Amir Peretz: The man behind the mustache

By GIL STERN STERN HOFFMAN
November 10, 2005 15:00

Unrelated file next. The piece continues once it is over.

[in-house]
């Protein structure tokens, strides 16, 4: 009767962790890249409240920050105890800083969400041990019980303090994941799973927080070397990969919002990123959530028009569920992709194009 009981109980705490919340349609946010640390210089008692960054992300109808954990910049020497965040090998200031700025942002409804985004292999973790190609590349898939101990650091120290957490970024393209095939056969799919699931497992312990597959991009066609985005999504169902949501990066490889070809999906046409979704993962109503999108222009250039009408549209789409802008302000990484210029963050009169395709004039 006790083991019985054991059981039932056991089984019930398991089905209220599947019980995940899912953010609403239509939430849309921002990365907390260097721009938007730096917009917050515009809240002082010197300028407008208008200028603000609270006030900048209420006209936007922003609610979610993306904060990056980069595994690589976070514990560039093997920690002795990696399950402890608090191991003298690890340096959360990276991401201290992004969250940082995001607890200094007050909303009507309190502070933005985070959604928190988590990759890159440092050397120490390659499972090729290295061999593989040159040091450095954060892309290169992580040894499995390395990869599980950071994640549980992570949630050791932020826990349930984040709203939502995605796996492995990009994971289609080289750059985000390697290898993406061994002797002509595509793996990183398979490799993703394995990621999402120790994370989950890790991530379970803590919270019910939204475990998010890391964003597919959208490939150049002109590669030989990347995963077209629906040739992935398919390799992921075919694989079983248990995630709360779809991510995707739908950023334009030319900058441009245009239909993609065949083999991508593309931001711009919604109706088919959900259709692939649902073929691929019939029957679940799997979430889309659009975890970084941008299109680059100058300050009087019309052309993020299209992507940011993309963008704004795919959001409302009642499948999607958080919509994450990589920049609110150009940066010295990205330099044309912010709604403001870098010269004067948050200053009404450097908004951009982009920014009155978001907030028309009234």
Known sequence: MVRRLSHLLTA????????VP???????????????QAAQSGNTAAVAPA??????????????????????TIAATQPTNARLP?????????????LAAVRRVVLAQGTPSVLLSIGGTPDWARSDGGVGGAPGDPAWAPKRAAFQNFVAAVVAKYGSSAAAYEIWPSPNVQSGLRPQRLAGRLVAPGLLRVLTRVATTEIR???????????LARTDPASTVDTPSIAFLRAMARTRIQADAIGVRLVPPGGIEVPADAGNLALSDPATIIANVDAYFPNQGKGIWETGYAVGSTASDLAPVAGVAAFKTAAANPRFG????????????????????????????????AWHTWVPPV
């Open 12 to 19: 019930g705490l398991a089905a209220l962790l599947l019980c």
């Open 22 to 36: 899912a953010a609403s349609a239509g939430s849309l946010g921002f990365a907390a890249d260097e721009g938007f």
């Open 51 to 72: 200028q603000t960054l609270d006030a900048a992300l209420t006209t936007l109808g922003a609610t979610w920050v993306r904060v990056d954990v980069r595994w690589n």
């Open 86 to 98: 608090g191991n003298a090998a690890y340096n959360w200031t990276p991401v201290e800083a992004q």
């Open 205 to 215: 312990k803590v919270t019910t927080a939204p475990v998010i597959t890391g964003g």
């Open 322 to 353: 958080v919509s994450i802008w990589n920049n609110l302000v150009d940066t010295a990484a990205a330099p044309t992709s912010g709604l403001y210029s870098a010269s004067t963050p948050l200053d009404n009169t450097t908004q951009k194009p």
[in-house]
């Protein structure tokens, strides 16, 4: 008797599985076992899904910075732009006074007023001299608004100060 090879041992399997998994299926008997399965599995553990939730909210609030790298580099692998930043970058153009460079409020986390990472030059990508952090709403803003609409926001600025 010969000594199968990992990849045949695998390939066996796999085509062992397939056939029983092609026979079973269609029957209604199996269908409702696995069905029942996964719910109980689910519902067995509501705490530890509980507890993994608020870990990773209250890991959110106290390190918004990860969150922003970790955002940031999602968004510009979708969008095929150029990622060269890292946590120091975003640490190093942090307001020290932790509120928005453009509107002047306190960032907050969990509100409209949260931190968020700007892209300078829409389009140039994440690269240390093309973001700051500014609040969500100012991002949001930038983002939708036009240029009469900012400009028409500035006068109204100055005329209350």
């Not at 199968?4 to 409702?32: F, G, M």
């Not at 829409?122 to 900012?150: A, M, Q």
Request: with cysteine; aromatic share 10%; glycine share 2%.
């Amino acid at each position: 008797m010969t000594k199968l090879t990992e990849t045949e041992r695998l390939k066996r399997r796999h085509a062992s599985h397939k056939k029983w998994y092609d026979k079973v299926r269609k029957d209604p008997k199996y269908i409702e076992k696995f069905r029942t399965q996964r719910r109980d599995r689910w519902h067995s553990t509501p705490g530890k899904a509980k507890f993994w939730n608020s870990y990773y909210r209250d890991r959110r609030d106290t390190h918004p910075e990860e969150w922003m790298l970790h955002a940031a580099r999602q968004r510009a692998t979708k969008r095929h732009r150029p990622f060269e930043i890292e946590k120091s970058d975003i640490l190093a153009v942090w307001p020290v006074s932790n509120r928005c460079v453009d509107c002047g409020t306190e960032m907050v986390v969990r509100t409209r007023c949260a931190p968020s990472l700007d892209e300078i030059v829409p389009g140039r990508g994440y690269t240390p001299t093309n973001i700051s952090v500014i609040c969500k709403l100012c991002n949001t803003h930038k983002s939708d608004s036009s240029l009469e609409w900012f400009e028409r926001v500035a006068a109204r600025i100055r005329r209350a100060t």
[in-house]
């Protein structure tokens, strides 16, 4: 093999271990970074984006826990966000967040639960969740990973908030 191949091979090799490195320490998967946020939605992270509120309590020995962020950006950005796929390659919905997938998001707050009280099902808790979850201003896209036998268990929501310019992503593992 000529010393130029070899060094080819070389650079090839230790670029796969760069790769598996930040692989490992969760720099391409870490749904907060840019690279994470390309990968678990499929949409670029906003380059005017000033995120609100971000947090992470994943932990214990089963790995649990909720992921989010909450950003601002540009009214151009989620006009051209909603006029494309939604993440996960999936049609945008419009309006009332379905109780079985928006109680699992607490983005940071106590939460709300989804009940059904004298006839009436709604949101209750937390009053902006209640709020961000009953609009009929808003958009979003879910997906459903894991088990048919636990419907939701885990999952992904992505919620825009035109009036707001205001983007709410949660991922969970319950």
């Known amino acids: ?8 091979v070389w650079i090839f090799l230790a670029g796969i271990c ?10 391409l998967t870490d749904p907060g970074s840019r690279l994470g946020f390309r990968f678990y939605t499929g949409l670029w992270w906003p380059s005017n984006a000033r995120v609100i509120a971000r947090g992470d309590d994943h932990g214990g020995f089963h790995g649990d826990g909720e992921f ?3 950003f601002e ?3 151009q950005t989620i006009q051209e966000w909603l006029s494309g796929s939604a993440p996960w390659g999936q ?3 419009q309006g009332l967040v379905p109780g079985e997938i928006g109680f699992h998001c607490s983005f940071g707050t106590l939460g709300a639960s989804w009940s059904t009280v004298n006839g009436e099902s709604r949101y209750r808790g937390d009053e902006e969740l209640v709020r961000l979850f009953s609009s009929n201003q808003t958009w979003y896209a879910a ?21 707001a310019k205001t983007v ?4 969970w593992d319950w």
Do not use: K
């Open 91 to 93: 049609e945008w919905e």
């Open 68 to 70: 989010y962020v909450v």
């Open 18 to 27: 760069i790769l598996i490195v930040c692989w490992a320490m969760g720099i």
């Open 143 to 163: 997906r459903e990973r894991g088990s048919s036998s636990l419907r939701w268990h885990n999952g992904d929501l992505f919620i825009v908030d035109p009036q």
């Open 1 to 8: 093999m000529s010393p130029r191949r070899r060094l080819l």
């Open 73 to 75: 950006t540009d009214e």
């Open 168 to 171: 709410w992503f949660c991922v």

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The following is an interview with Amir Peretz published in May, 2005. Since MK Amir Peretz returned to the Labor Party, he has been accused of forgeries, the merger of his Am Ehad faction with Labor has been stalled, and now his run for the Labor leadership may be blocked. It's not the kind of welcome that Amir Peretz was expecting when he returned to Labor after a decade of leading the workers of the country through strikes and sanctions as head of the Histadrut Labor Federation. Peretz has been through countless labor disputes with a lower-case L and now he is experiencing his share of Labor disputes with a capital L. In the last week alone, he has been part of high-profile shouting matches with Labor MK Danny Yatom and Labor legal adviser Eldad Yaniv in which enough epithets were used to fill a dictionary of insults. Peretz was called a zero, an inflated balloon of arrogance, and a vile dictator. He dished out words like liar, filth, and the lowest of all creatures. After a career of fighting, Peretz is in the battle of his life to claim the Labor Party leadership in the June 28 primary. He sees his quest as not just a personal campaign but as a struggle for the soul of a Labor Party that has been too busy seeking peace to fulfill its fundamental goal of helping workers and poor people. If Peretz is successful, he will remake Labor in his image, as a social-democratic party that presents itself as an alternative to the Likud on socio-economic matters at a time when it is difficult to differentiate Likud and Labor on diplomatic issues. Much of Peretz's campaign has been focused on targeting the two men that Peretz believes have done the greatest damage to Israeli society: Finance Minister Binyamin Netanyahu and former prime minister Ehud Barak. Peretz believes that the two men are twins on economic issues, and if he can stop the latter in the Labor leadership race, he will be able to stop the former, who he believes will be the Likud's candidate in the next general election. Because Peretz's views on economic issues are so well-known, his aides forbid him to discuss the economy in this interview. Instead, besides politics, he unveiled his diplomatic platform, and his opinions on the separation of religion and state, Diaspora Jewry and how he as prime minister would handle settlers or workers blocking the roads. You didn't expect a red carpet when you arrived in Labor but why do you think you have been given such a rude welcome? I think everyone understands that if someone who hasn't made the ideological impact on the country that I have arrived in the party, he would have been received without a problem. I think the party should be happy to get a man like me who has significant support, who returns the color to its cheeks, and who gives it a social agenda at a time when Labor can't present an alternative to the Likud on diplomatic issues. Why do you think people are trying to stop you from running? There are many voices trying to stop me but the arms are all arms of Ehud Barak, who is using schemes and maneuvers and various representatives, because he is afraid to come out himself. The fact that people are working so hard to stop me apparently means that I have a chance to win. Barak's people have tried to provoke me, but I haven't fallen to their level. It's amazing that they are using the techniques dark regimes to stop a candidate. This just shows Barak's cowardice. He should show up at the polls like a man. But Barak has a good reason to try to stop me, because I'm the only one who presents an ethical alternative to him and I know that his economic policies and Bibi's are the same. How is it that five weeks before the election, you still don't know whether you will be permitted to run? I don't need permission to run. I am a member of the party. The merger between Labor and Am Ehad happened de facto. Our people have already been elected heads of Labor branches and youth leaders. We are functioning as part of the party. The merger agreement says that Am Ehad members automatically joined Labor from the day they joined Am Ehad. Our membership is guaranteed and has been endorsed both by internal and external courts. How will the 28,000 members you brought into the party impact the race? Am Ehad originally had 22,000 members, 18,000 remained and then we added 10,000 more. These are the numbers and I tell the truth, not more or less. We put Labor on the map across the country, and the new members will bring more voters from their towns. I know people are saying I only had three mandates before but I reject comparing this election to the mandates of the last Knesset, because we have to look to the future. Registering for a party is a psychological act of intent. Labor should see the fact that so many people from development towns and poor neighborhoods were willing to do that act as giving the party new legitimacy as a social-democratic party. How can you be so convinced that people will vote on socio-economic issues and not diplomatic matters in the next election? Before 1977, no one talked about socio-economic issues and no one expected the revolution. Bibi has shown the capitalist extreme and he gave us the tools to present the antithesis and get the Likud's voters. The wealthy people will see why they should vote on socio-economic lines too because they understand the dangers of the gaps in society. Let's turn to diplomatic issues. Where would you draw Israel's border on the West Bank? Deciding the borders now would be a horrible mistake. The border matters less than the ethical problem of occupation. It's an Israeli interest, not just a Palestinian one to leave the territories and I think I am capable of leading Israel out of the territories. Being there has harmed us morally and contributed to violence in society. Waiting only makes our partners more extreme. After disengagement, we should continue with the road map. I don't think we can keep the settlement blocs without giving the Palestinians something in return, either diplomatically or territorially. What do you mean by giving something diplomatically? For instance, we can rent land for 100 years like what happened in Hong Kong. Diplomatic tactics can be found to solve difficult situations. We are not going to be hugging the Palestinians. We will make deals with people who are difficult people, who have very different interests. What happens if after disengagement, Palestinian violence intensifies? As a Sderot resident, I have seen my share of Kassam rockets and my family throughout the city has experienced them. Yet I support disengagement. I don't have an illusion that there won't be Kassams after disengagement. But leaving settlements gives us the legitimacy to use all force necessary to act militarily after disengagement. Now if we used force in the Gaza Strip, we would look like we were taking advantage of the occupation. But after the pullout, any act will be in self defense and will be supported by the world. If the Palestinian leadership doesn't help us by stopping violence, they will give ammunition to the Right that wants to stop further withdrawals. The settlers are trying to make disengagement into a traumatic experience in order to prevent another withdrawal. That's why Palestinian Authority Chairman Mahmoud Abbas has to prove after disengagement that he has the power to take control. This will give the peace process more legitimacy morally. Why do you want to take Labor out of the government after disengagement? Why not stay and try to push for another withdrawal from inside? We can't delude ourselves. Sharon is in a difficult situation. He has international support but real problems in his party. There will be no reason for Labor to stay in the government after disengagement because Sharon will try to firm up his support on the Right and will not move forward diplomatically. Bibi is running against him. Bibi will be the candidate against me in the next elections and will give the people of Israel a chance to pick between a man of the extreme right and a man of social justice and peace. It would be smart of Sharon to call elections immediately after disengagement when he will be riding public support. But he can't do that because he knows that if he tries to disperse the Knesset, Bibi could bring 61 MK and try to take over power. That's why I think the government will fall in March over the 2006 budget and force elections in May 2006. Should Israel allow Reform and Conservative marriages? We cannot continue denying people the basic right of getting married. The religious parties should realize that if they don't make compromises on this issue, it will boomerang against them. I think I can find a way to reach compromises. I am an expert in negotiations and in human nature. This gives me the ability to reach agreements between people, both within the state and with the Palestinians. So I think I can solve the problem. How would you handle a demonstration of settlers blocking the Ayalon? Every government has to implement the law. Breaking the law is anarchy. The security forces have to decide the means. The settlers are people and no one wants to harm them. But the police will eventually realize that their sensitivity to them is being exploited. I would let the police decide when their patience has run out. How would you handle a demonstration of workers blocking the Ayalon? In all the labor disputes I have led, I never allowed workers to break the law, even when they lost their livelihood. We always got police permits for closing streets. When you break the law blatantly it tends to boomerang against you. Is there a future for Jews in the Diaspora or should all Jews move here? I think the Jews of the Diaspora have made great contributions to Israel. Their influence on diplomatic decisions in their countries is the key to Israel's future. But it always has to be our first priority to encourage young Jews to move here. There is nothing wrong with Jews living all over the world. Israel is their insurance policy and they are our security net. Would kind of government would Prime Minister Peretz form? I wouldn't put the cart before the horse. Before returning to the government, we first have to bring back people to Labor. Like Rabin, I would form a government with religious parties that can make peace and bring social justice. National-unity governments are handicapped, because Likud and Labor can only unite on one issue temporarily. Without a government of social justice, it won't be possible to reach peace. Labor made a mistake by making peace elitist and pushing away to right-wing parties the people who would benefit most from peace. I want the people who pray for peace in their prayers to also vote for peace. But we have to make those people feel at home here. We have to open our doors. At what age should politicians retire? I don't think being young disqualifies you from leading the country. Young people have led many countries through difficult times. But people shouldn't vote for people just because they are young either. If people still have the power to govern, they should be allowed to continue. Age shouldn't be a consideration when deciding who should serve the nation. National service should be for people with vision who are willing to sacrifice. Shimon Peres has much to contribute to Israel and we should take advantage of his reputation around the world. Israel owes him a lot. He should be a part of crafting the future of Israel. I believe that if we in Labor focus on socioeconomic issues, Peres can continue doing his part on the issues he handles best. We need a collective leadership to take responsibility. And we shouldn't depend on meteors [like Barak] that fall right back to earth after they rise.